Wednesday, September 5, 2012

How to Fake Patience - Tip #1

Nothing is moving on the Sri Lankan international adoption front. Nothing at all. Not a single referral since the program shut down in December 2011.
Sure, it has officially re-opened in May 2012. But private orphanages are still waiting for the new procedure to come out and, in the meantime, government run homes don't seem to be have a lot of children to match.

We knew adoption was a loooong and difficult road. We all know it before we start. We were told we would have to be patient.
What is patience? Is it not caring too much about the outcome? Or is it just shutting up and pretending you're dealing with the wait with grace?
They say if you can't make it, fake it.

Well, that's what I'm proposing here! If you're waiting for your child and feeling as impatient as I feel, keep reading! I'll share with you a few tips on how to fake patience and grace in this excruciatingly long and important wait!
If you follow my advice, you'll fool the whole world into believing you're a strong, patient and graceful expecting parent.

So here is How to Fake Patience - Tip #1:

Are you adopting across cultures?
Great! There's a whole world for you to discover!
Spend some time researching your kid's culture of origin. Start with borrowing a Travel Guide Book from your local library. They usually have very succint general information sections where you can get a quick run through on the people, the economy and the history of a country. Find a recipe or two on the Internet and try it at home. Research celebrations from this culture. Do you know how Chinese New Year is celebrated? What African American weddings are like? What Guatemalans do for New Years Eve?

If you find it hard to motivate yourself to do this kind of research, find a way to give it more meaning. I find my blog is great motivation for me. On top of making me feel closer to my baby, those bits of information about Sri Lanka are great material for my blog.
Why not start a monthly newsletter to send out to family and close friends?
That would be a great way to keep you support network involved. And if anyone is not quite warm to the idea of your adoption, that could be a good tool to get them used to it!

If you follow this first tip, you should be able to use up the time you spend worrying about your adoption (let's face it, it can become an obsession at times!) to do something positive. And to the outer world, you will appear excited, but also strong, patient and graceful!

Stay tuned for more Tips on How to Fake Patience!

6 comments:

  1. I love your monthly newsletter idea! I definitely need to work on my patience!

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    1. You don't actually habe to be patient, just fake it ;)

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  2. I love the idea too Gen. Have you thought of a second career? There is certainly a lot of business waiting for you out there. When you read all the blogs of waiting parents, we have so much in common despite our different countries.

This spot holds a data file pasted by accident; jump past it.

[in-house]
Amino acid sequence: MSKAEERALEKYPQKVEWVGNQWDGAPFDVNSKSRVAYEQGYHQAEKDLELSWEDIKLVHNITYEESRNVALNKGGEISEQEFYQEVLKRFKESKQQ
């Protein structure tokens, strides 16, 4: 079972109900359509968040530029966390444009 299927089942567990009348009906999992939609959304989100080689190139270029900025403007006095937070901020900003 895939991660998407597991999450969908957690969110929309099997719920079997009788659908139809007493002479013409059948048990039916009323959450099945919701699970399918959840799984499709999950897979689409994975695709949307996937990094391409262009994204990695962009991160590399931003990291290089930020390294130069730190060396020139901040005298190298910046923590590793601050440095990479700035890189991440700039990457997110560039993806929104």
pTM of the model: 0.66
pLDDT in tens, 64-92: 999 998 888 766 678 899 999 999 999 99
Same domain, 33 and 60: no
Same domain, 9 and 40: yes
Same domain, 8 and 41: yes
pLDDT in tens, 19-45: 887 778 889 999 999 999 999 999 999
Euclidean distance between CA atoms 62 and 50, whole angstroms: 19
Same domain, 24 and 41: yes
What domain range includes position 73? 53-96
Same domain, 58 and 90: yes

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  3. seriously cinnamon baby? as an adopted child from Sri Lanka I find that really offensive and sure hope you won't call your Baby like that! It should be enough for a coloured baby to be given away to a white family and to feel always different from his parents only because of his color so dont make it worse!

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    1. Hi Anonymous,
      I am so sorry you feel this way about my blog.. I don't pretend to know how it feels to be adopted trans-racially. Still, I love the golden color of Sri Lankan skin and have called the blog this way with a loving and respectful intention. Our family is already multi-racial and I hope our children will grow to be proud of all that we are.
      What I call private orphanages are charity homes for women to go to when their pregnancy is coming to an end. The adoptions themselves are not private. Waiting families are matched with waiting children by the Sri Lankan government only, with no possibility to go and arrange things by themselves.
      I'm sorry if the wording caused confusion.
      You are obviously hurt and struggling to make sense of your international adoption. Our family entered this adoption with the purest of feelings and complete respect for the unbelievably complex issues that birth families and adoptees face. We would never even consider doing this if our child's best interest was not at the center of all decisions.
      Please understand that adoptive families are not desperate for babies, but rather wish to offer a solution, admittedly imperfect, to a very difficult situation.
      I wish you the best and may you find it in you to forgive whoever you need to.
      Gen

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  4. also reading something about private orphanages really scares me... maybe you could read a little more about trafficking is a phenomenon people usually dont know much about. most of the adoptions in the 80s to western countries were private which makes them trafficking. even though the state sanctioned these adoptions in the end for the kids sake, they were still illegal. for me as a european citizen especially adoptions to the american countries concerns me a lot!

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